Rose Marie, wisely, corrected me recently for referring to the elect Vice-Chancellor of this University, a lady of Irish origin, as a "girl from the County Waterford". Would I have desribed a man as "a boy"?
What can I do but plead guilty and throw myself upon the mercy of the court? But convicts are, in some jurisdictions, allowed to make pleas in mitigation.
The vision that had floated before my mind was that of a wild Irish colleen, bare-footed, brought up in a smokey cabin somewhere on the backside of the Knock-me-down Mountains, skilled in the cultivation of potatoes, adept at strumming the udders of a cow, striding suddenly into the pomposities of faux-sophisticated Oxford.
You see, my mind, in its very great weakness, does tend to dwell on visions of frivolous incongruity. When I wrote recently about the Master of Benets, who appears to have worked with immense distinction in pretty well every university in the known world, I had a picture of him sitting on the Hebdomadal Council in his native peasant lederhosen. (Or am I confusing Saarland with the Tyrol?). The other day, walking past the Salvation Army Citadel in Oxford, which is built on the site of the mediaeval Dominican house, I had a sudden fantasy of knocking on the door and advising them of the appropriateness of adopting the Dominican Rite in their Conventual Chapel. The temptation was so powerful that I very nearly did it. You are right: I am well past my sell-by date.
Sometimes, when I hear of the pontifications of self-obsessed prelates, I like to imagine them as married men, listening to their wives' accurately balloon-pricking assessments. I suffer from this sort of over-vivid and radically disordered imagination.
Megaweird, I know, but we all have our own mental eccentricities. I wonder, Rose Marie, if mine entitle me to any remission of sentence?
7 June 2015
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Being Irish, and from the Southern part too, I am the lady in question would have no objection as we have no compunction about referring to adults as 'boy' or 'girl' especially in the Munster region. One of our friars, when a young priest, was even addressed by an old woman with the Irish for a young calf.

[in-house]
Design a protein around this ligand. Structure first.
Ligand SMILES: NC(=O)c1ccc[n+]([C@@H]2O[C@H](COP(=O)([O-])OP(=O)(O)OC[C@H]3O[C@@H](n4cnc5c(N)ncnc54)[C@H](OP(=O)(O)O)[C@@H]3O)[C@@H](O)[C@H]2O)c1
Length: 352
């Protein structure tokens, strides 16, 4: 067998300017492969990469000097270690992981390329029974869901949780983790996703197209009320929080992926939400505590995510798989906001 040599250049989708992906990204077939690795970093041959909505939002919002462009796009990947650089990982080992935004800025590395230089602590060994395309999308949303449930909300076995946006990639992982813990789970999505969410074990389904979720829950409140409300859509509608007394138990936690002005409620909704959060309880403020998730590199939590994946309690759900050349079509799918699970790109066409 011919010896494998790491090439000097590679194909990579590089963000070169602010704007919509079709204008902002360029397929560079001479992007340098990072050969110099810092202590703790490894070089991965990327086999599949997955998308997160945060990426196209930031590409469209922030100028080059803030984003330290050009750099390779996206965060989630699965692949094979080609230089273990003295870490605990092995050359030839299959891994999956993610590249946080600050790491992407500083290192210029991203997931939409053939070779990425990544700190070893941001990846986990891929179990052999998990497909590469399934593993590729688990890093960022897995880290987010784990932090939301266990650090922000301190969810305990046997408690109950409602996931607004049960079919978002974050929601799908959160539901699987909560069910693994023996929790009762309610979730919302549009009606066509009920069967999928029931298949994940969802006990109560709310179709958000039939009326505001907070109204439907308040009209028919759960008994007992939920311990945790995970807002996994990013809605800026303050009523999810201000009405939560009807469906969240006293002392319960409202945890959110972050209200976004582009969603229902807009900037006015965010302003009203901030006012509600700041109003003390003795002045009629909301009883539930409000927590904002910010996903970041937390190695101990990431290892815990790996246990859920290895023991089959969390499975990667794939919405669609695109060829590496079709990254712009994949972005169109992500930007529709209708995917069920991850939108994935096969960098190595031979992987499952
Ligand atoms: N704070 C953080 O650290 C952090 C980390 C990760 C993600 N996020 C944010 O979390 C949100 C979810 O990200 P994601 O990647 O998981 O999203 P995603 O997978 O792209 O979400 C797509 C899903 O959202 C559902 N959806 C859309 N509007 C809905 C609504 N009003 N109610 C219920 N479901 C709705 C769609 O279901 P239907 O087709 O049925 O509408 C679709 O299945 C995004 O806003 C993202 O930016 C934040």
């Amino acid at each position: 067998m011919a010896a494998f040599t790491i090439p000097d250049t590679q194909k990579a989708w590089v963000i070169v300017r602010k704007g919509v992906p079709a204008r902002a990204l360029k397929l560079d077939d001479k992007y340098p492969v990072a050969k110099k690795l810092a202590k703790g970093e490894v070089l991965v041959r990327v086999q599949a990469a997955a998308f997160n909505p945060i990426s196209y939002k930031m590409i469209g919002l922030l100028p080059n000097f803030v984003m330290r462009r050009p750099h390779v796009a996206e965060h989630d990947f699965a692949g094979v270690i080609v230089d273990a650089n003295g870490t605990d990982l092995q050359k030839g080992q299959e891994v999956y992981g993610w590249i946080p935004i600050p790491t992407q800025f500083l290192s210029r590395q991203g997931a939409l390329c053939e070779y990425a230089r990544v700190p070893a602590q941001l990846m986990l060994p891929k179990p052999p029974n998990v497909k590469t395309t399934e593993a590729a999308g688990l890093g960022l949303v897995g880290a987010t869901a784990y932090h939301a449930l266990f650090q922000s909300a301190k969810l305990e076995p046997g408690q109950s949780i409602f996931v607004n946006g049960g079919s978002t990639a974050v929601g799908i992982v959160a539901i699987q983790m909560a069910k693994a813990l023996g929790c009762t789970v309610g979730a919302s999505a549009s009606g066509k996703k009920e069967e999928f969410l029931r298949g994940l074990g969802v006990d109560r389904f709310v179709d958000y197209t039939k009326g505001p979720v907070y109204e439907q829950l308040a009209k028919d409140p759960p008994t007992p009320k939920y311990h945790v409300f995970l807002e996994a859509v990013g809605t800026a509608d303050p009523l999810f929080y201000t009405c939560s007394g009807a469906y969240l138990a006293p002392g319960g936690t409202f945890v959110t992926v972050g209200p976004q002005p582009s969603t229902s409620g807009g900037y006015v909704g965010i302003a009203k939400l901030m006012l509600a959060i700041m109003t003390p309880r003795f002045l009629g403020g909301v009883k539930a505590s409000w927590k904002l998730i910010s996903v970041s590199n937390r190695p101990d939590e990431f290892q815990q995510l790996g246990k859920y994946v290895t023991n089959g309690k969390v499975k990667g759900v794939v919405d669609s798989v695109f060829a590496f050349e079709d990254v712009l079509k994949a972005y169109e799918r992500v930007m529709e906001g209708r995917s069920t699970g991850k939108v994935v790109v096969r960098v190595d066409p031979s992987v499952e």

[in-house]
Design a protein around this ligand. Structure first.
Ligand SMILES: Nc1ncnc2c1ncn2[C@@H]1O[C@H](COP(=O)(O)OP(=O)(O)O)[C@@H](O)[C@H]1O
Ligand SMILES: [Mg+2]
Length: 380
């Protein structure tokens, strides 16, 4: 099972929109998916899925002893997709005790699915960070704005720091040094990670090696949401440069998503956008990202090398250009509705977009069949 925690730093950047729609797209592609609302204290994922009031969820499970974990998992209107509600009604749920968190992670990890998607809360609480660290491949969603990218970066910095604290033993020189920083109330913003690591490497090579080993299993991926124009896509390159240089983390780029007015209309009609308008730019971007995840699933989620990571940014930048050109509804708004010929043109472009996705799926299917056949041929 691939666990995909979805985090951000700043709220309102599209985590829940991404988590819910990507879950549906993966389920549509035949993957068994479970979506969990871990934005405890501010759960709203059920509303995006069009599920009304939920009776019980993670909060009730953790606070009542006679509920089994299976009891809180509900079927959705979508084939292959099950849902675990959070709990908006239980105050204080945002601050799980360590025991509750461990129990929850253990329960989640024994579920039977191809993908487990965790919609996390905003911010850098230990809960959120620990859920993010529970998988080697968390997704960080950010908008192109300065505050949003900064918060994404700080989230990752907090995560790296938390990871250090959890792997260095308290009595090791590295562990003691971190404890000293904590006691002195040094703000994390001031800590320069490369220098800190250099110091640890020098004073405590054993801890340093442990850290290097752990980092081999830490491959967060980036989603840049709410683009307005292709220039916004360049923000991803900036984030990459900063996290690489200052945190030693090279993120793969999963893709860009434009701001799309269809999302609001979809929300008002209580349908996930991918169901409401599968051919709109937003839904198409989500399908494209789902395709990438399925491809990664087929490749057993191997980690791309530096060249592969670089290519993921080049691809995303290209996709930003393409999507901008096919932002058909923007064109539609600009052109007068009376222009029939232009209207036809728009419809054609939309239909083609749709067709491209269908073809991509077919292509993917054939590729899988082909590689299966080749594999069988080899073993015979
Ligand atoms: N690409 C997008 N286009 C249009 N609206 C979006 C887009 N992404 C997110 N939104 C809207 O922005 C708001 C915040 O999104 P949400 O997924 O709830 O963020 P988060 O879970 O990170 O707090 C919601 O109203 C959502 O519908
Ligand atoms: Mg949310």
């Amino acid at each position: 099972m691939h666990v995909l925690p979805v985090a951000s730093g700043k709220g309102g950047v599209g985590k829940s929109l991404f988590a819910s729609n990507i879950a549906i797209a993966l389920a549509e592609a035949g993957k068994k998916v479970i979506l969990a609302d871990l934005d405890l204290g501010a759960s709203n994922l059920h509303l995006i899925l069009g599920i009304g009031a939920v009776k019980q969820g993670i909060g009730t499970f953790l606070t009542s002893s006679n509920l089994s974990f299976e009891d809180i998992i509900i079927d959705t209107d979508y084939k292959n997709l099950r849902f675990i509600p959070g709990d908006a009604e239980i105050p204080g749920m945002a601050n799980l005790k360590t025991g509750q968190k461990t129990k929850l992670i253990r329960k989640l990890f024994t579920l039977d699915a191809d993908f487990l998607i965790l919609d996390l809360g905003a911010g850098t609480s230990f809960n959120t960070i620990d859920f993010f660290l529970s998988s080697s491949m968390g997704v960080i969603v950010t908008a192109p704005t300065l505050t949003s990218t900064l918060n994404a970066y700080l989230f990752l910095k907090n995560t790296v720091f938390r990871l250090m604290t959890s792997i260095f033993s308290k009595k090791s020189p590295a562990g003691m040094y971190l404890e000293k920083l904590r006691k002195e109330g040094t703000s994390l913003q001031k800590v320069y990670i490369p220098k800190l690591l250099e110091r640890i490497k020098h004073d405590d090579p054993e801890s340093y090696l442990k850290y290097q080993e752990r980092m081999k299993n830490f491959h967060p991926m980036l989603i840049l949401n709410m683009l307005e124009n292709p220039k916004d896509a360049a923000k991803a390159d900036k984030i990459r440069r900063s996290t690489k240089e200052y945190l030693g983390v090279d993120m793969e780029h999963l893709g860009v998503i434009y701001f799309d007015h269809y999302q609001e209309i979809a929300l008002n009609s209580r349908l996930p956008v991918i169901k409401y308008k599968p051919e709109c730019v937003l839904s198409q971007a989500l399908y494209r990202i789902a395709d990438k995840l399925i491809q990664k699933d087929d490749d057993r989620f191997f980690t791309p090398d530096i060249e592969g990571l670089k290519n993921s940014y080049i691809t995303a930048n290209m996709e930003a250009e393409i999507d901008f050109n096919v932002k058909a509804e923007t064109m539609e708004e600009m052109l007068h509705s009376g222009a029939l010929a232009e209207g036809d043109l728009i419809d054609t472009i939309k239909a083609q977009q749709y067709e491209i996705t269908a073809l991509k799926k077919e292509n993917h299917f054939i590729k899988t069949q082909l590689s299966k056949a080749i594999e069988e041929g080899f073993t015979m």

You are indeed mega weird, dear sir. The strumming of a a cow's udders will keep me entertained all day. Thanks for that.
I live in the West of the County Cork. I am a man, over 65 years of age, and a retired professional who was once active in adjudicating questions of law and disputes arising there-from.
My friends and acquaintances here refer to me as 'boy' on occasion (pronounced 'bye'); on other occasions 'lad', etc. 'Tis nothin' a'tall sure less yer after strainin' a biteen fer some class of splinter.
It is a testament to the sad state of affairs in contemporary culture to be dragged into the dock over the benign use of a word. I am so grateful that I only have to answer to God when I die. He will give me a fair reading I am certain.
Might I say from this side of the Irish Sea, that there was, I am sure, no intent on your part to offend (perish the thought that you would every willfully do such a thing!); and, it is not uncommon on this Emerald Isle, a places of saints and scholars (once upon a time, at least) though sadly lacking in snakes and toads through the kindly ministrations of St Patrick, for an adult male to be addressed as 'boy' as in 'How's it going, boy?' or an adult female to be addressed as 'girl' as in 'you're looking well tonight, girl!' This is especially typical in Cork City and its environs, the place from which I hail.
Knowing that you cherish this island in your heart, and are a frequent visitor, I would suggest that you were at least sub-consciously aware of this habitual form of address which may have influenced the way you spoke of the learned lady in this case.
Strong mitigation, if not an absolute defense, I would suggest!
Father dearest, who could resist such a plea? No offense was ever taken. No sentence was given, either, so there is nothing to remit. But know that I look every day for a dose of wisdom, humor, and just plain erudition.
I will be in Rome for the coming week and ask your prayers for a safe journey. I will remember you at the tomb of Peter and anywhere else you request if I can get there. Just post it!
Bless you! I haven't been to Rome since I fell and smashed a shoulder while on my way to the Schavi excavations. Perhaps, if you go there, you might remember me? It would be kind, too, if you could say a prayer for the Ordinariate, which has enemies as well as friends! I will certainly pray that you get safely there, and have a very wonderful week.